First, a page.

According to the CDC- 31.9% of adults over 20 years old are hypertensive. The American Heart Association equates that to 77.9 million, or 1 out of 3 adults. High blood pressure is known as the “silent killer” often has no warning signs or symptoms. The CDC also links high blood pressure to $131 billion annually in costs to direct medical expenses a year.
Common treatments for high blood pressure include life style changes such as more exercise and a low-fat diet as well as medication management. The American Heart Associates published an article, Antihypertensive Medical Use Among US Adults with Hypertension, stating that “The benefit of blood pressure reduction with antihypertensive drug treatment has become increasingly evident, with decreases in both all-cause mortality and coronary artery disease as shown by multiple clinical trials and epidemiological studies, with the greater absolute benefit in older patients”. However, there seems to be a new treatment in town to fight against the potentially deadly effects of high blood pressure.
Renal denervation, a procedure that uses a catheter to deliver radiofrequency energy to disrupt renal nerves to procedure large drops in blood pressure, is being studied in clinical trials led by St. Jude Medical Center and Medtronic.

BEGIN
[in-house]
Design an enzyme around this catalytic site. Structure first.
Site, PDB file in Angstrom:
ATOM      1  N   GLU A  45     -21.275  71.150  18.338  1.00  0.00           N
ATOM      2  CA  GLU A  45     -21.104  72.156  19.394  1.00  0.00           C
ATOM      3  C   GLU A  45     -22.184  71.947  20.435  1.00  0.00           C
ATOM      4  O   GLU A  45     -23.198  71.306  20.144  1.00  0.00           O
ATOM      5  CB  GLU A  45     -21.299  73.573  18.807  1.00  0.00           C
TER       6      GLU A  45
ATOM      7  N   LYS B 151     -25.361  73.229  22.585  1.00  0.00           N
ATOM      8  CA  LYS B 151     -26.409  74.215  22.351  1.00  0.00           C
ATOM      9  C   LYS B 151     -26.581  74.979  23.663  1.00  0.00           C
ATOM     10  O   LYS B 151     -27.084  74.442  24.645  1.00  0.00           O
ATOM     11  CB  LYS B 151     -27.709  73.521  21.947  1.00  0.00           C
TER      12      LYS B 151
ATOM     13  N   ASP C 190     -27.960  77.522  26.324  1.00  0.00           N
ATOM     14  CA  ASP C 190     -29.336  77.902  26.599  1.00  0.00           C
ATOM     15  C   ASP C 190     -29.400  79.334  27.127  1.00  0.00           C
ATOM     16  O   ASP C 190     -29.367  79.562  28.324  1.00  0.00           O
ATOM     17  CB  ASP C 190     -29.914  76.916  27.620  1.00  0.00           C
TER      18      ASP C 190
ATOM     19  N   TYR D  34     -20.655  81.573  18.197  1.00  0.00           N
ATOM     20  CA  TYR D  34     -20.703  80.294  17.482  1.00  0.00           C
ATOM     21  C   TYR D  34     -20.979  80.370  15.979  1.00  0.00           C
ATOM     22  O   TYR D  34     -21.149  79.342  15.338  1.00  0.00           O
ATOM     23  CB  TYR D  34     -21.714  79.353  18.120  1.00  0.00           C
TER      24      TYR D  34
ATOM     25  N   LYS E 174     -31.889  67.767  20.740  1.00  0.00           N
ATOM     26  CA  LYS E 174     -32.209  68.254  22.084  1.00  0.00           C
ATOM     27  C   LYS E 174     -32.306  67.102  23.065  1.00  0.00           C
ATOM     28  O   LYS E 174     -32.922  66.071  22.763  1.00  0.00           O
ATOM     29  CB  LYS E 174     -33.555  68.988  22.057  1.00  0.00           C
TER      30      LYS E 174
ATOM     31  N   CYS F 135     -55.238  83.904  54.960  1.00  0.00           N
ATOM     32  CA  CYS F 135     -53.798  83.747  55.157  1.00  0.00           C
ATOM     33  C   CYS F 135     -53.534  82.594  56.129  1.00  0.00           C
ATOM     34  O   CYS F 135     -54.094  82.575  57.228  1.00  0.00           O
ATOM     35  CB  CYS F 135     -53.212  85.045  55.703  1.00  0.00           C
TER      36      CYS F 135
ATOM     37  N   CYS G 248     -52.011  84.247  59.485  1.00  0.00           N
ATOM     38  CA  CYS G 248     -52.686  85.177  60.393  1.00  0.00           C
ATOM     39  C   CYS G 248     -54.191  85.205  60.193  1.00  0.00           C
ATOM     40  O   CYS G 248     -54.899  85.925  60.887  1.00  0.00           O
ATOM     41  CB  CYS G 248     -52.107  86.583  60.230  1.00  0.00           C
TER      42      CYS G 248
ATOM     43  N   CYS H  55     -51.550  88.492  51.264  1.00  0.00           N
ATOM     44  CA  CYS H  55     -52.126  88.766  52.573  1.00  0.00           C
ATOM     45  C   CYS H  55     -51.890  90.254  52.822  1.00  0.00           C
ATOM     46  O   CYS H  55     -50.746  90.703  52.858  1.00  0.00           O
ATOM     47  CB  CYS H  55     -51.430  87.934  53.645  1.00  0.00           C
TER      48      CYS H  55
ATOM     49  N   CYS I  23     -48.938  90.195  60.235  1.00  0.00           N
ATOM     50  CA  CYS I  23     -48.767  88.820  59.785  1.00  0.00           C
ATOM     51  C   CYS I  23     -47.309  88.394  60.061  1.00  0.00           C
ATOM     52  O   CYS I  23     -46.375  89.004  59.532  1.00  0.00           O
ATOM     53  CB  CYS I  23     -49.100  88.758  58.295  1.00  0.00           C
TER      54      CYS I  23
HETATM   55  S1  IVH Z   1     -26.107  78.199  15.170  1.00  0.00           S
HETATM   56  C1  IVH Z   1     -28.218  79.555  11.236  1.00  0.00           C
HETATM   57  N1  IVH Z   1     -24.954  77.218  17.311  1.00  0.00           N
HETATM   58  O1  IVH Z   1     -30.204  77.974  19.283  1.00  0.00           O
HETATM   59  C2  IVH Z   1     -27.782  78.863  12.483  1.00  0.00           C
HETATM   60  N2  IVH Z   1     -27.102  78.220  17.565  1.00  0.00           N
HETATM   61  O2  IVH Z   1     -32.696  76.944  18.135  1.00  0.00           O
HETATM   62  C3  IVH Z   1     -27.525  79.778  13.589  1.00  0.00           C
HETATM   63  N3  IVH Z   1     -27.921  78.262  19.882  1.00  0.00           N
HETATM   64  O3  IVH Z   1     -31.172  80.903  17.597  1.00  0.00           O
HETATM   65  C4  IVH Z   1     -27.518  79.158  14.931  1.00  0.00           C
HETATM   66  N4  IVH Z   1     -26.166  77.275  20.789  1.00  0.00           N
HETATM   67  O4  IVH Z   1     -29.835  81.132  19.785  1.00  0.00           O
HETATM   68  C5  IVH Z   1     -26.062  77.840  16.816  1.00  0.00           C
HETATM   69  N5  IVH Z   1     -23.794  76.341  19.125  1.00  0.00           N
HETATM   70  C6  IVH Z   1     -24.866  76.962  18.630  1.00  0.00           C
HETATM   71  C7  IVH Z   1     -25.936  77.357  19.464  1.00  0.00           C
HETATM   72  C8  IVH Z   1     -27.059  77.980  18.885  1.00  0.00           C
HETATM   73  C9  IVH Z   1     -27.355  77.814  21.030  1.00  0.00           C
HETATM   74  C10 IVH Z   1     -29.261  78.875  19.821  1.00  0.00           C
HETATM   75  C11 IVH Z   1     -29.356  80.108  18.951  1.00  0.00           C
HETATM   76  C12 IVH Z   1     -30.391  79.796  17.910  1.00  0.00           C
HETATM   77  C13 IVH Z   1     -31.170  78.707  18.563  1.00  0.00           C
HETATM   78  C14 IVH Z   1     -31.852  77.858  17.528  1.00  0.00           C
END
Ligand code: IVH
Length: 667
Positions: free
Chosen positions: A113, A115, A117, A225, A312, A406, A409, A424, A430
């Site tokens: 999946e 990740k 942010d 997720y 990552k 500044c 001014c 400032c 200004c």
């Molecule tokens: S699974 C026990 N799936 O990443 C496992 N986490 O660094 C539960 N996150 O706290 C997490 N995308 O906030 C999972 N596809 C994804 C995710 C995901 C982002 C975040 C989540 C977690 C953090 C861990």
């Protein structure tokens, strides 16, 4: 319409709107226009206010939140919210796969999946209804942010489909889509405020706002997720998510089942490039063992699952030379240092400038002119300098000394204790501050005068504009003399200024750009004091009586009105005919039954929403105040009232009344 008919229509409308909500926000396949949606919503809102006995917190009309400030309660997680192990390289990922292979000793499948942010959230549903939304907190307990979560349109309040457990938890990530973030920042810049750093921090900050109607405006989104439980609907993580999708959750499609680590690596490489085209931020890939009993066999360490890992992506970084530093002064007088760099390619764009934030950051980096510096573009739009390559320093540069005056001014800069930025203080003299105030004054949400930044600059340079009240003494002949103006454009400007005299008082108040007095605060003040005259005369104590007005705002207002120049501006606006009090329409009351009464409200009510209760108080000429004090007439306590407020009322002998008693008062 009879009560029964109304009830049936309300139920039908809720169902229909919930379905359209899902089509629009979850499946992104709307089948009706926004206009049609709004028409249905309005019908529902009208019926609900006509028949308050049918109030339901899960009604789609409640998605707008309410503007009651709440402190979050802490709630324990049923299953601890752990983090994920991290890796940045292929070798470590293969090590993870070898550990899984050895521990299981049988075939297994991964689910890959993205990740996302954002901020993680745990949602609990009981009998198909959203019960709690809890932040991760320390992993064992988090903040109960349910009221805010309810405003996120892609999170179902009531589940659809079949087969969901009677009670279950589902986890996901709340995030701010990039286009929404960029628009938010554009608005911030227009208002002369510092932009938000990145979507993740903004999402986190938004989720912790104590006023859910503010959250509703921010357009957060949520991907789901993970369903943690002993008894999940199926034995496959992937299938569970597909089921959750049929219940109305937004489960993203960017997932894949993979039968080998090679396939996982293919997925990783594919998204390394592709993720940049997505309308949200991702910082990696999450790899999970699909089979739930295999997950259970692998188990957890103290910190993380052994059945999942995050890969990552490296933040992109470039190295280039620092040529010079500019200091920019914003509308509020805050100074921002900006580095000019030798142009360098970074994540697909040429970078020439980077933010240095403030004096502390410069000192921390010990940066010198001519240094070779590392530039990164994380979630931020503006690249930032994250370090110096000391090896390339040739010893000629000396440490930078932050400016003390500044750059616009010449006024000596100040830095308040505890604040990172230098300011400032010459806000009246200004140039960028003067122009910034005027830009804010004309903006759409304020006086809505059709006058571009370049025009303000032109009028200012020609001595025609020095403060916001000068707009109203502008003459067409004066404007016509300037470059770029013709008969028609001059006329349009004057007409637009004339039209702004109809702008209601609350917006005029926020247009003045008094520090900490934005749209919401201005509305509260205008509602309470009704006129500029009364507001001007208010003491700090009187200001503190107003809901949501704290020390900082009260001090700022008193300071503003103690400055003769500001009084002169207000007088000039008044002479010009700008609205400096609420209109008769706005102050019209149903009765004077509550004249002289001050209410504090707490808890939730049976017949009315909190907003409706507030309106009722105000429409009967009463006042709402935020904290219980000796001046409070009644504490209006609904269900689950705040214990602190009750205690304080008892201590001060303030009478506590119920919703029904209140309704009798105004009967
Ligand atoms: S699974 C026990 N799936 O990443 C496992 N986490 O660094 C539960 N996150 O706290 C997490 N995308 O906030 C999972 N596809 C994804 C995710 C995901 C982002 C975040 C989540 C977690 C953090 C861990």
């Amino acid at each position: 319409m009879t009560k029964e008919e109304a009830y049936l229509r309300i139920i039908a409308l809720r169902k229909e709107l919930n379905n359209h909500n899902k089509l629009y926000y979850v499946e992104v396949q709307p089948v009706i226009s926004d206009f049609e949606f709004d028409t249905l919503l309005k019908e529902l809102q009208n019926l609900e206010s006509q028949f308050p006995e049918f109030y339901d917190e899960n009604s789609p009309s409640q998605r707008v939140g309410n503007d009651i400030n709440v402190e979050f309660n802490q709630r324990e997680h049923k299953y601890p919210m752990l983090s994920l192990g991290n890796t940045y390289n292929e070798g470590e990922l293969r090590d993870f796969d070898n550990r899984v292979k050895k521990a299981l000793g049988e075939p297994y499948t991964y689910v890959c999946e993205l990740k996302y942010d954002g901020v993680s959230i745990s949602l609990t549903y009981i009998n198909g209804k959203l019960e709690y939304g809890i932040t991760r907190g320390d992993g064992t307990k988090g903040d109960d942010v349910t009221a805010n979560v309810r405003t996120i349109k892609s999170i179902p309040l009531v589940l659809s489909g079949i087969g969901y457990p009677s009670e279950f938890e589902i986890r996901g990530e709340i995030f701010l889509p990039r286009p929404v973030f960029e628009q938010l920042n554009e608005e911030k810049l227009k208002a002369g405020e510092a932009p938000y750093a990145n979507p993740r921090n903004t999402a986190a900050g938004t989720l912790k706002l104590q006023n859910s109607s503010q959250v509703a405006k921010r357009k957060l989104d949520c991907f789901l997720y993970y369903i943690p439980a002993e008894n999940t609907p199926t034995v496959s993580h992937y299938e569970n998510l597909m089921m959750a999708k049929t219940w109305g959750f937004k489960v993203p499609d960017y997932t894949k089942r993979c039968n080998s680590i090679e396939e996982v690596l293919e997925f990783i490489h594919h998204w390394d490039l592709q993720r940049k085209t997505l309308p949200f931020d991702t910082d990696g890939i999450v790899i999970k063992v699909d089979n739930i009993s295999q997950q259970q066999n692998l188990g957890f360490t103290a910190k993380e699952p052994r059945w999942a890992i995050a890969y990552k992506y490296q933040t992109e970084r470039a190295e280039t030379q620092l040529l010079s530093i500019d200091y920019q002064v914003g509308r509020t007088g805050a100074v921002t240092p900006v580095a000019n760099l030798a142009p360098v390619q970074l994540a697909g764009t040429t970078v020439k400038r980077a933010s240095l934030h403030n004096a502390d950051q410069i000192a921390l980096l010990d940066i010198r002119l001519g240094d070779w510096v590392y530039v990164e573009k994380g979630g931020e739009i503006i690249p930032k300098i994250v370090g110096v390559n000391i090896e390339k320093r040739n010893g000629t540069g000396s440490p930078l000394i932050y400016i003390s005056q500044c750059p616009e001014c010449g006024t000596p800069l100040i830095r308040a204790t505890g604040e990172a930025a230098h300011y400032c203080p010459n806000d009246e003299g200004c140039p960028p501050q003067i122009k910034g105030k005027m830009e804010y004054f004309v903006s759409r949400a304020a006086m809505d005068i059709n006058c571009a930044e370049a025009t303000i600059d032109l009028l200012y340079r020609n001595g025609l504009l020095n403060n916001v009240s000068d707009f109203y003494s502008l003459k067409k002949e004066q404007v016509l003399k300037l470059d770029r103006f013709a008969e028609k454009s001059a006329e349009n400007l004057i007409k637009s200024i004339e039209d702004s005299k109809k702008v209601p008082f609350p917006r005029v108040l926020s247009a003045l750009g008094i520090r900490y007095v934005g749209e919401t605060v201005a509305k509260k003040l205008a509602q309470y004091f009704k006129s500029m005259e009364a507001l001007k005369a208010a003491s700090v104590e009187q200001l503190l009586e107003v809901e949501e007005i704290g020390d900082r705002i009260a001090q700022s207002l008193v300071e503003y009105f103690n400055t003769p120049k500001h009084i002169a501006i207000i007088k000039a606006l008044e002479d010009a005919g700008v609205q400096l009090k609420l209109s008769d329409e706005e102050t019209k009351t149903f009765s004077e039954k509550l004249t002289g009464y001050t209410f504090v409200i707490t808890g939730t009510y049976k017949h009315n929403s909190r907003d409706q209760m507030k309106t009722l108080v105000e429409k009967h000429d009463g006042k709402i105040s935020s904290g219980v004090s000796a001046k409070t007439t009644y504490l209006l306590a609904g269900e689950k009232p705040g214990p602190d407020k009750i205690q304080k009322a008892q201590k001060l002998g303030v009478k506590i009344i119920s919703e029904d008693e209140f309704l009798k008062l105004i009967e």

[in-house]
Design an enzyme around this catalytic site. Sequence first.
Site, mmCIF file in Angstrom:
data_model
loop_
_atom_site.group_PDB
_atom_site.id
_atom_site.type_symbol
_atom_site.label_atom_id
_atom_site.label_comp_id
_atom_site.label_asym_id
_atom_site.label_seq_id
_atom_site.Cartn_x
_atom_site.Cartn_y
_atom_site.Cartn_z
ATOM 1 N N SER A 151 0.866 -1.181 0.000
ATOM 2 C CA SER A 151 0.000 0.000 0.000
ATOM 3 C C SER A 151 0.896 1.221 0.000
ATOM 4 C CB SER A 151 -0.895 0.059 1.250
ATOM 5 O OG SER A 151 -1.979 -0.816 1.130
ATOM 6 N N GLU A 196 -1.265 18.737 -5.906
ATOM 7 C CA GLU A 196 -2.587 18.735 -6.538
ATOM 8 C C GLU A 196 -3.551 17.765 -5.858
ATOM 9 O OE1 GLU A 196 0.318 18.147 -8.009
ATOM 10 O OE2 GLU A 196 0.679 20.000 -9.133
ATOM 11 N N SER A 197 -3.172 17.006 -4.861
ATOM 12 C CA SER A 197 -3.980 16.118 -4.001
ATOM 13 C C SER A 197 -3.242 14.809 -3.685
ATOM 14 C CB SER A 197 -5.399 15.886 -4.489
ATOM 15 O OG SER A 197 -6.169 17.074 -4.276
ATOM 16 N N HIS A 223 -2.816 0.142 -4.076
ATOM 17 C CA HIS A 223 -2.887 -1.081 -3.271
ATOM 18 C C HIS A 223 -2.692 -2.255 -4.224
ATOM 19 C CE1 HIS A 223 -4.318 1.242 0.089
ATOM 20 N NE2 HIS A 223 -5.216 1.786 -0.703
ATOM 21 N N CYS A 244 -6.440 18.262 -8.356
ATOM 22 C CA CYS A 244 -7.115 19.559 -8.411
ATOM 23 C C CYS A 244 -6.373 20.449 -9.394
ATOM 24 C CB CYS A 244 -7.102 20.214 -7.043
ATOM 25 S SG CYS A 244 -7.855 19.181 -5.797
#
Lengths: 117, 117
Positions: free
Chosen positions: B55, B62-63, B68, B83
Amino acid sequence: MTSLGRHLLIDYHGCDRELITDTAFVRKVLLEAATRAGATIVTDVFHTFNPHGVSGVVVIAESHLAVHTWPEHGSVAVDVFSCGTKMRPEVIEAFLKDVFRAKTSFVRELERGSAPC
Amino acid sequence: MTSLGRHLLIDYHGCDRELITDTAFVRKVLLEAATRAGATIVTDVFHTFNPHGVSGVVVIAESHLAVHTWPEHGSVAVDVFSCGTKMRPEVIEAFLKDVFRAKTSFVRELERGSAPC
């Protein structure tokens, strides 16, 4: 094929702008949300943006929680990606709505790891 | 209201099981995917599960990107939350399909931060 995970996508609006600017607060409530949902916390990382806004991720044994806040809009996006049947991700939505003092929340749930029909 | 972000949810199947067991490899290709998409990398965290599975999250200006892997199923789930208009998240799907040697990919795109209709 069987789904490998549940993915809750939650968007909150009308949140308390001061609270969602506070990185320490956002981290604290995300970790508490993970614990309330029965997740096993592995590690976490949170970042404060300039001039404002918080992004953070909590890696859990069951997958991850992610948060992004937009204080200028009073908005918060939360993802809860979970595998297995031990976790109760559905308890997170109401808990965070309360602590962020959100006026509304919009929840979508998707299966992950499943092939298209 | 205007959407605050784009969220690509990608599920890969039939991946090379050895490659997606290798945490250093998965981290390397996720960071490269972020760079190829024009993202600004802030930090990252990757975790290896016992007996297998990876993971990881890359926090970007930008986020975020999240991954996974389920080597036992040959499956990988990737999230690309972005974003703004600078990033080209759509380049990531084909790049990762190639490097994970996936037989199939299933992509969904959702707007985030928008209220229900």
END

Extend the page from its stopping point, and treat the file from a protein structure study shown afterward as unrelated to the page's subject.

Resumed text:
Past studies have been designed to draw conclusions at reducing blood pressure in subjects with uncontrolled or resistant hypertension. A new study announced by St. Jude digs deeper-asking- does this minimally invasive surgery correlate with a reduction in other diseases related to hypertension, such as heart attack, stroke and death? If this procedure is found to be safe and effective, it may allow for patients to give up medical therapy entirely.
This presents a thought provoking situation- Could medical devices one day replaces pharmaceutical drugs?
An article published last year in the Wall Street Journal took this interesting idea and touched on areas where the approach is being used with success. Interestingly enough, the article talks about a renal denervation device which had big success and launch the medical device company into merger agreement with Medtronic. The WSJ article noted that many pharmaceutical companies also mid on the smaller medical device company “because the therapy had the potential to replace drugs”.
Do you think that subjects would be more willing to undergo this procedure than take medications if it meant long term effectiveness? What other types of minimally invasive procedures may be on the horizon for medical devices that will lead to less pharmaceutical life long treatments? Share your thoughts below!
Photo Credit: Marionzetta